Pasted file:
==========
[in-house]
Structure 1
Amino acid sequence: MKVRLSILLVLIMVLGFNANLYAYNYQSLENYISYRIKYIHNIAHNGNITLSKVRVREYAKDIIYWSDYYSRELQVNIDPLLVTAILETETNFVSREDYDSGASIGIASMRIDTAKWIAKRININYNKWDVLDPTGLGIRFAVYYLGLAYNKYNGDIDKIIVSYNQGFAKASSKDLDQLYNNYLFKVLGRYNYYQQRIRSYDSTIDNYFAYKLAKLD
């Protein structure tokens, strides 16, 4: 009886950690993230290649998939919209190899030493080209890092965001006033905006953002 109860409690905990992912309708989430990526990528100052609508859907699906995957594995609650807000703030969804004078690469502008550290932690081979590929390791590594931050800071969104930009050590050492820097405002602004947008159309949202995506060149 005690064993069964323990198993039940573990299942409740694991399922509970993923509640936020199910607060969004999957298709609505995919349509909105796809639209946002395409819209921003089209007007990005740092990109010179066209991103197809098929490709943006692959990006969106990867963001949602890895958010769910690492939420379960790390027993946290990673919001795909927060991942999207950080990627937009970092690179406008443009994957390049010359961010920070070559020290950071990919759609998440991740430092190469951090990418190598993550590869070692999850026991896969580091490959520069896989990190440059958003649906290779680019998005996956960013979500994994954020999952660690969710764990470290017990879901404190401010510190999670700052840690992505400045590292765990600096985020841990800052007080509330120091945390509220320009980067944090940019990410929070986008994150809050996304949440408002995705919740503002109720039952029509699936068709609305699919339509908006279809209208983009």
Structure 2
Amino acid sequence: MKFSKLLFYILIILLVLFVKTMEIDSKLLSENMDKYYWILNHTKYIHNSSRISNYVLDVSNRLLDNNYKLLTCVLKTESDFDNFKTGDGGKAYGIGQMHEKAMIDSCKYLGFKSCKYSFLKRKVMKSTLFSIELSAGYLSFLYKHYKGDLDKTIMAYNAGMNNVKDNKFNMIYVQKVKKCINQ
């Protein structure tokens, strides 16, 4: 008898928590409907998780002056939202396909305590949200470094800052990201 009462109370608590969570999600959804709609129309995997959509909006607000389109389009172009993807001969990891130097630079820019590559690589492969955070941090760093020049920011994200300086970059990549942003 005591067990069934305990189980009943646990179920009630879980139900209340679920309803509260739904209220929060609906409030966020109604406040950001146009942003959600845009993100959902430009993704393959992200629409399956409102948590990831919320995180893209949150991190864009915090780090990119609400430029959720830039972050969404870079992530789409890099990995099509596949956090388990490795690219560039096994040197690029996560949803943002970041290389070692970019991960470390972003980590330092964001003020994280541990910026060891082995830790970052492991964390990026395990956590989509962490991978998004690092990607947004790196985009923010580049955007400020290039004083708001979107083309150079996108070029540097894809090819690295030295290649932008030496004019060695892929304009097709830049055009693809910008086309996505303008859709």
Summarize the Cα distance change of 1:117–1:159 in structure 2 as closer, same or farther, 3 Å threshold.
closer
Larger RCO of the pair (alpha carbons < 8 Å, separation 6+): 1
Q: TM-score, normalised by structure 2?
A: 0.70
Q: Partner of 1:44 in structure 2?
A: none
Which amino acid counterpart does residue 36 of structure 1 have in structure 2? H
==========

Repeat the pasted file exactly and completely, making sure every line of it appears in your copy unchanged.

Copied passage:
[in-house]
Structure 1
Amino acid sequence: MKVRLSILLVLIMVLGFNANLYAYNYQSLENYISYRIKYIHNIAHNGNITLSKVRVREYAKDIIYWSDYYSRELQVNIDPLLVTAILETETNFVSREDYDSGASIGIASMRIDTAKWIAKRININYNKWDVLDPTGLGIRFAVYYLGLAYNKYNGDIDKIIVSYNQGFAKASSKDLDQLYNNYLFKVLGRYNYYQQRIRSYDSTIDNYFAYKLAKLD
């Protein structure tokens, strides 16, 4: 009886950690993230290649998939919209190899030493080209890092965001006033905006953002 109860409690905990992912309708989430990526990528100052609508859907699906995957594995609650807000703030969804004078690469502008550290932690081979590929390791590594931050800071969104930009050590050492820097405002602004947008159309949202995506060149 005690064993069964323990198993039940573990299942409740694991399922509970993923509640936020199910607060969004999957298709609505995919349509909105796809639209946002395409819209921003089209007007990005740092990109010179066209991103197809098929490709943006692959990006969106990867963001949602890895958010769910690492939420379960790390027993946290990673919001795909927060991942999207950080990627937009970092690179406008443009994957390049010359961010920070070559020290950071990919759609998440991740430092190469951090990418190598993550590869070692999850026991896969580091490959520069896989990190440059958003649906290779680019998005996956960013979500994994954020999952660690969710764990470290017990879901404190401010510190999670700052840690992505400045590292765990600096985020841990800052007080509330120091945390509220320009980067944090940019990410929070986008994150809050996304949440408002995705919740503002109720039952029509699936068709609305699919339509908006279809209208983009």
Structure 2
Amino acid sequence: MKFSKLLFYILIILLVLFVKTMEIDSKLLSENMDKYYWILNHTKYIHNSSRISNYVLDVSNRLLDNNYKLLTCVLKTESDFDNFKTGDGGKAYGIGQMHEKAMIDSCKYLGFKSCKYSFLKRKVMKSTLFSIELSAGYLSFLYKHYKGDLDKTIMAYNAGMNNVKDNKFNMIYVQKVKKCINQ
């Protein structure tokens, strides 16, 4: 008898928590409907998780002056939202396909305590949200470094800052990201 009462109370608590969570999600959804709609129309995997959509909006607000389109389009172009993807001969990891130097630079820019590559690589492969955070941090760093020049920011994200300086970059990549942003 005591067990069934305990189980009943646990179920009630879980139900209340679920309803509260739904209220929060609906409030966020109604406040950001146009942003959600845009993100959902430009993704393959992200629409399956409102948590990831919320995180893209949150991190864009915090780090990119609400430029959720830039972050969404870079992530789409890099990995099509596949956090388990490795690219560039096994040197690029996560949803943002970041290389070692970019991960470390972003980590330092964001003020994280541990910026060891082995830790970052492991964390990026395990956590989509962490991978998004690092990607947004790196985009923010580049955007400020290039004083708001979107083309150079996108070029540097894809090819690295030295290649932008030496004019060695892929304009097709830049055009693809910008086309996505303008859709």
Summarize the Cα distance change of 1:117–1:159 in structure 2 as closer, same or farther, 3 Å threshold.
closer
Larger RCO of the pair (alpha carbons < 8 Å, separation 6+): 1
Q: TM-score, normalised by structure 2?
A: 0.70
Q: Partner of 1:44 in structure 2?
A: none
Which amino acid counterpart does residue 36 of structure 1 have in structure 2? H